Thursday, February 14, 2008

Suze Orman's "Women & Money" (review)

Author: Suze Orman.
Title: Women & Money: Owning the Power to Control Your Destiny.
Publication: 2007: Spiegel & Grau, 254 pages, hardcover. ISBN 0385519311.

The author is often called upon to intervene in family crises for the Oprah show, in those “kinder and gentler” versions of Dr. Phil confrontations. When I’ve seen her, it’s usually to respond to abused women, who may be abandoned by husbands or overwhelmed by needs of other family members.

This book is aimed at women (her first chapter is titled “For Women Only”), and especially those “stay at home moms” and women socialized through the “family wage” notion. Yes, many people believe that their entire adult lives are justified by their marriages and families, including the effect that their marriages have in stabilizing other (usually unmarried) family members besides their own kids. So much of her advice (“Save Yourself Plan”) seems at first to be aimed at women in those circumstances, but the last two-thirds of the book comprises pretty good financial information for everybody. She goes through all the basics of everything (credit cards, FICO scores, mortgages, insurance – she recommends that life insurance be term only).

The early part of the book seems a bit like a spiritual pep talk. She has chapter titles like “No Shame, No Blame” and “You Are Not For Sale.” (I remember, when vacationing in Montana in 1981, hearing about a “feeling good about yourself talk” in Helena on the car radio, and making a turn on a country road to reach it.) She talks about "cleanliness" and the pack-rat syndrome. Later, in summarizing her financial advice, she prefixes her dot-point lists with “I would be thrilled if you would ….” She talks about women owning their own "name" and "reputation." (She doesn't go into the Internet "reputation defender" problem with respect to married (or divorced) women, but that could be a logical topic for an updated version or a paperback.) She talks about the fact that women volunteer more than men do, and she believes that giving to others is a good and necessary thing at points in a life. When another family member is in real need, she believes that a gift is more appropriate than a “loan.” She mentions that fact that people live longer – and that underscores the need to plan much more thoroughly for one’s own retirement and possibly long term care, and raises the likelihood that one will have to help out one’s parents, both financially and in terms of personal care. She doesn’t take that into legal areas, but she could have gotten into filial responsibility laws in effect in many states; perhaps some day Oprah or Dr. Phil will cover this topic.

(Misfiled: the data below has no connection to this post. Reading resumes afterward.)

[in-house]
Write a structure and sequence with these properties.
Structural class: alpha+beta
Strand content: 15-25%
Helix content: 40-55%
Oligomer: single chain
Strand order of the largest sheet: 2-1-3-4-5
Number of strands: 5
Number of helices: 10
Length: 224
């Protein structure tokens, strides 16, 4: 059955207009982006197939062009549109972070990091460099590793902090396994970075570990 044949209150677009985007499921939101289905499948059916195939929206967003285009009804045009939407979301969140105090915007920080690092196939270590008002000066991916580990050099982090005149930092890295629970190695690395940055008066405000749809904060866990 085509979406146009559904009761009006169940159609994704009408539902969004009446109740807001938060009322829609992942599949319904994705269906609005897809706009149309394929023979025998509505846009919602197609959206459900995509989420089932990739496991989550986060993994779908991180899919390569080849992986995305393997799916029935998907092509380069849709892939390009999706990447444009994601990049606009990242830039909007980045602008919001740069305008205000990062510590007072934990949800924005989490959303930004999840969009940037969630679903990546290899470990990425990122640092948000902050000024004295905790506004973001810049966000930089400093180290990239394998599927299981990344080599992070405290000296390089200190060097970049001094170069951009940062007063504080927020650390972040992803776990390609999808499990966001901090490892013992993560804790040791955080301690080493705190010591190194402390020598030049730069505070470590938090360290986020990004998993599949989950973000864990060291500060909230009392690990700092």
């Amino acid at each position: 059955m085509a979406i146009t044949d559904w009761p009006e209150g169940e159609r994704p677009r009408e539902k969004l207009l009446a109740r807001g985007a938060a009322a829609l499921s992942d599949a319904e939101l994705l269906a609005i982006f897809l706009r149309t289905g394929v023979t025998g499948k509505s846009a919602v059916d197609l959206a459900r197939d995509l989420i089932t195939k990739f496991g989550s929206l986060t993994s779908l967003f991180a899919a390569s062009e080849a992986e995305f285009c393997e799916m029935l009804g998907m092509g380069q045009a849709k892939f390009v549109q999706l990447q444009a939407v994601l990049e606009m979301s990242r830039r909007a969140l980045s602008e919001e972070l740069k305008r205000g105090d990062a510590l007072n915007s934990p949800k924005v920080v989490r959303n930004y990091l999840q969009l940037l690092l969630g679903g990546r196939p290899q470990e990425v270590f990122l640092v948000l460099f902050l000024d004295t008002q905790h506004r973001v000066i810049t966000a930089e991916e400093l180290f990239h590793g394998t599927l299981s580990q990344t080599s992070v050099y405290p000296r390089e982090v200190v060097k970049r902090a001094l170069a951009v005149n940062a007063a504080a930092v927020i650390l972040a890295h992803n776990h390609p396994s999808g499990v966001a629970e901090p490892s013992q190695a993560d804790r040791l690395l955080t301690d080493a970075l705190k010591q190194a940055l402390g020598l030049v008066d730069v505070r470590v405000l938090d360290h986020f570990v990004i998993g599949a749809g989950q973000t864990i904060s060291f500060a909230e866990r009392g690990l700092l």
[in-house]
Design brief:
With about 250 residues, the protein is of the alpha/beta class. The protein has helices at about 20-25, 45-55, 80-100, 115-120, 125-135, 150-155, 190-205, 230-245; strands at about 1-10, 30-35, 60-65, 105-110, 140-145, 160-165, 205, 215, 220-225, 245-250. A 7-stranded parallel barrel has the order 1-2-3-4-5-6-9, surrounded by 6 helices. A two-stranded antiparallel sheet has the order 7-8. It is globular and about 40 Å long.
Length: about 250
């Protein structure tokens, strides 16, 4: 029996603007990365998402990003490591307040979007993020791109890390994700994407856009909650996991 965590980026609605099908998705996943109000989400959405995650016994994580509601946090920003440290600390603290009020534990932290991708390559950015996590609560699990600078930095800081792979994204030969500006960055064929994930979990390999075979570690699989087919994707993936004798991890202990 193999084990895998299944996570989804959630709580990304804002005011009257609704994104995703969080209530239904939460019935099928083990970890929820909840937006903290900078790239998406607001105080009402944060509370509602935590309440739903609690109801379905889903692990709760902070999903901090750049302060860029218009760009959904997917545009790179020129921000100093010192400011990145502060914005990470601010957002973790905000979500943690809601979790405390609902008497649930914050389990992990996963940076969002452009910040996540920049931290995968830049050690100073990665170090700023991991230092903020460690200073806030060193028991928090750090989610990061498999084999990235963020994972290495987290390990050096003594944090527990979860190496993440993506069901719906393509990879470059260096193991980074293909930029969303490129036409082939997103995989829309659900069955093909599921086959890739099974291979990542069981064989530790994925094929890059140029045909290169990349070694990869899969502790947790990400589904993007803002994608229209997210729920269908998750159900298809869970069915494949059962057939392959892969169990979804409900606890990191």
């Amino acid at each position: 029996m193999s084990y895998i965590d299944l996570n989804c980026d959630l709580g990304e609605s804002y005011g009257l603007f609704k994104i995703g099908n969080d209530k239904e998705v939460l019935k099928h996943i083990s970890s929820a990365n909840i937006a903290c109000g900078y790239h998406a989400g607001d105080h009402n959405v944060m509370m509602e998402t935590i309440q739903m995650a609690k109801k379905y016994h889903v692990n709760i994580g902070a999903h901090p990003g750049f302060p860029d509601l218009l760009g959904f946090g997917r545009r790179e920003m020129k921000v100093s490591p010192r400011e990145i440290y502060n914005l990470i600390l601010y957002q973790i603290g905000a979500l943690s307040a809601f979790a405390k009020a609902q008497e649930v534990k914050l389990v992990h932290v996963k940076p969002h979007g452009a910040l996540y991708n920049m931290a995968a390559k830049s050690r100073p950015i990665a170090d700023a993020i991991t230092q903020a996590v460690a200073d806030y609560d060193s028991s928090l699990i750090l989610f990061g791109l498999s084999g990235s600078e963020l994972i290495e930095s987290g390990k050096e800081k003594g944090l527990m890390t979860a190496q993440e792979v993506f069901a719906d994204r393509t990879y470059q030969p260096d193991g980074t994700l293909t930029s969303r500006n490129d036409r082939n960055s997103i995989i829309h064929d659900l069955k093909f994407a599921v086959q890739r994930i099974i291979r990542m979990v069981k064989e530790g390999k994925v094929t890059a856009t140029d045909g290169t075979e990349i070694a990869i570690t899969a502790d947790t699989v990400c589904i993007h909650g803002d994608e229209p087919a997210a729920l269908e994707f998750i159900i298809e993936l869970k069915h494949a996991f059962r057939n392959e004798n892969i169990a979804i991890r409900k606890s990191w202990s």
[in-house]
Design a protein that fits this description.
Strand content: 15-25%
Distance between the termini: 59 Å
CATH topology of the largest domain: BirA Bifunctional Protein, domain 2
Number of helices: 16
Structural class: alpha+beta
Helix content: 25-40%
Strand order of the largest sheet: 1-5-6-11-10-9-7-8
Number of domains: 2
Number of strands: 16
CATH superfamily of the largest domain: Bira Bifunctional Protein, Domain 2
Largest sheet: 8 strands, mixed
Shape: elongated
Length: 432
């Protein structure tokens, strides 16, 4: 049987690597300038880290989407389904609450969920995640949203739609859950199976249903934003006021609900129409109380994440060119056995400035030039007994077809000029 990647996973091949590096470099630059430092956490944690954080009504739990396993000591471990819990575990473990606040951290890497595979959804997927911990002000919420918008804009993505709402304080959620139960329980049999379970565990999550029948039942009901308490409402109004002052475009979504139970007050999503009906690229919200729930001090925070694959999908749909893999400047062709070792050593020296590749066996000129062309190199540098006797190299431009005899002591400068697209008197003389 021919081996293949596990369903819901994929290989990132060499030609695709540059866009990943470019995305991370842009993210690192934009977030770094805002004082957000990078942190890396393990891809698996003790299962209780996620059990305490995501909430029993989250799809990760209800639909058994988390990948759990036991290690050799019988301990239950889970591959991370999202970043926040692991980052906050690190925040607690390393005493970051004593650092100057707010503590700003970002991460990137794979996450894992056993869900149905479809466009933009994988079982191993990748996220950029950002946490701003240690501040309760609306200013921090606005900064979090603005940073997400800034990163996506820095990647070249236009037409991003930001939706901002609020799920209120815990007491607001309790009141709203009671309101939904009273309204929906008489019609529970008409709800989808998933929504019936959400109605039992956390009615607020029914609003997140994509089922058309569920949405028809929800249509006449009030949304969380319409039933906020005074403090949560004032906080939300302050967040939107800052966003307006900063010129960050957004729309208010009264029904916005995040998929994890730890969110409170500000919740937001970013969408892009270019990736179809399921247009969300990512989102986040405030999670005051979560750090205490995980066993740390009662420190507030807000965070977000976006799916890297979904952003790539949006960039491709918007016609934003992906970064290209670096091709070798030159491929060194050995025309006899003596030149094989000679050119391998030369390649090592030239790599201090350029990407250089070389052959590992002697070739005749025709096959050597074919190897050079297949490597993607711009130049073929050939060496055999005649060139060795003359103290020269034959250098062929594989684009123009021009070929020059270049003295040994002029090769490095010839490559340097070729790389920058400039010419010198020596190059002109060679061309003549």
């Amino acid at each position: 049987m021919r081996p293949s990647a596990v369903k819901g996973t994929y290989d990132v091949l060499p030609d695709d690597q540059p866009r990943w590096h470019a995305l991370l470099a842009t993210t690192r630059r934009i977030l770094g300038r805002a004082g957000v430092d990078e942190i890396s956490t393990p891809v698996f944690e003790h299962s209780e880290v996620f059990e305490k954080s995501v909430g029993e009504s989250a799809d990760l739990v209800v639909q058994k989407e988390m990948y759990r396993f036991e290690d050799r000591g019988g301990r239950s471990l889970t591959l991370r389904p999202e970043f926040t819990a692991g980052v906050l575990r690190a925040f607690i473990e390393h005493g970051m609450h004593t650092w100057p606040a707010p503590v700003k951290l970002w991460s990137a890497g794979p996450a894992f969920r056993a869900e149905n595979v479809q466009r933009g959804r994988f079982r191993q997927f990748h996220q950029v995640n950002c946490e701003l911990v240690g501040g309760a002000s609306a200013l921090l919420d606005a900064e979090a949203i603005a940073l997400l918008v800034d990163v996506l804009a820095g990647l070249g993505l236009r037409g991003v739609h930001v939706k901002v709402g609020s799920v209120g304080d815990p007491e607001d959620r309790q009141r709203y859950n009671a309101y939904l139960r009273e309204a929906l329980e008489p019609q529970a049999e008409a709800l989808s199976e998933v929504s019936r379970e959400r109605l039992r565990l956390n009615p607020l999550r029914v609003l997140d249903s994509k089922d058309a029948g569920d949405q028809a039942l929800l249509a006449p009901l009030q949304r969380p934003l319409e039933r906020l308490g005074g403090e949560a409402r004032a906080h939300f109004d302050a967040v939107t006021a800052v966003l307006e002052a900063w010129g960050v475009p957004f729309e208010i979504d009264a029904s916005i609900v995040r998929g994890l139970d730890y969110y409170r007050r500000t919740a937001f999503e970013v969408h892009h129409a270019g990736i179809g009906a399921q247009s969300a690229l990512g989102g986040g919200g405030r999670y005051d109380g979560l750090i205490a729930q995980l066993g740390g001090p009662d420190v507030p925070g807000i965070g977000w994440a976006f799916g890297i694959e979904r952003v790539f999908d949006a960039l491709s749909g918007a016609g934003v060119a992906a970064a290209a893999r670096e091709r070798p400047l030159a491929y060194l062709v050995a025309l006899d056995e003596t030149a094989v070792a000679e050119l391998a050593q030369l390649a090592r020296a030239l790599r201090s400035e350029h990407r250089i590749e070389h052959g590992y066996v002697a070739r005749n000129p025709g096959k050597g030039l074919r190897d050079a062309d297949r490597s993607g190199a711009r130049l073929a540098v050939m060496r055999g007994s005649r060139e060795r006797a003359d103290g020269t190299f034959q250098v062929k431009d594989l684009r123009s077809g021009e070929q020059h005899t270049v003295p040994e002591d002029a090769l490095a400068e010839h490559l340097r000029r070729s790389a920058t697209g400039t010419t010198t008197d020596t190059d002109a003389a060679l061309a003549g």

Suze appeared on the Oprah show Wed. Feb. 13 with a particularly troubling case. (Link) ) For twenty-four hours afterward, the book was offered as a PDF download for free. Now there is a book excerpt on the Oprah link, given in my link.

Men often need to "own the power to control personal destiny," too. That's particularly true of gay men, when others feel that they can make demands and liens on them for "family responsibility" and "solidarity." Writing and maybe filmmaking would be my way to keep destiny in view.

Update: March 6, 2008

Suze Orman was on NBC's Today show this morning warning Americans that we are indeed in both inflation and recession, and urging Americans to save and not spend their IRS rebates this spring.

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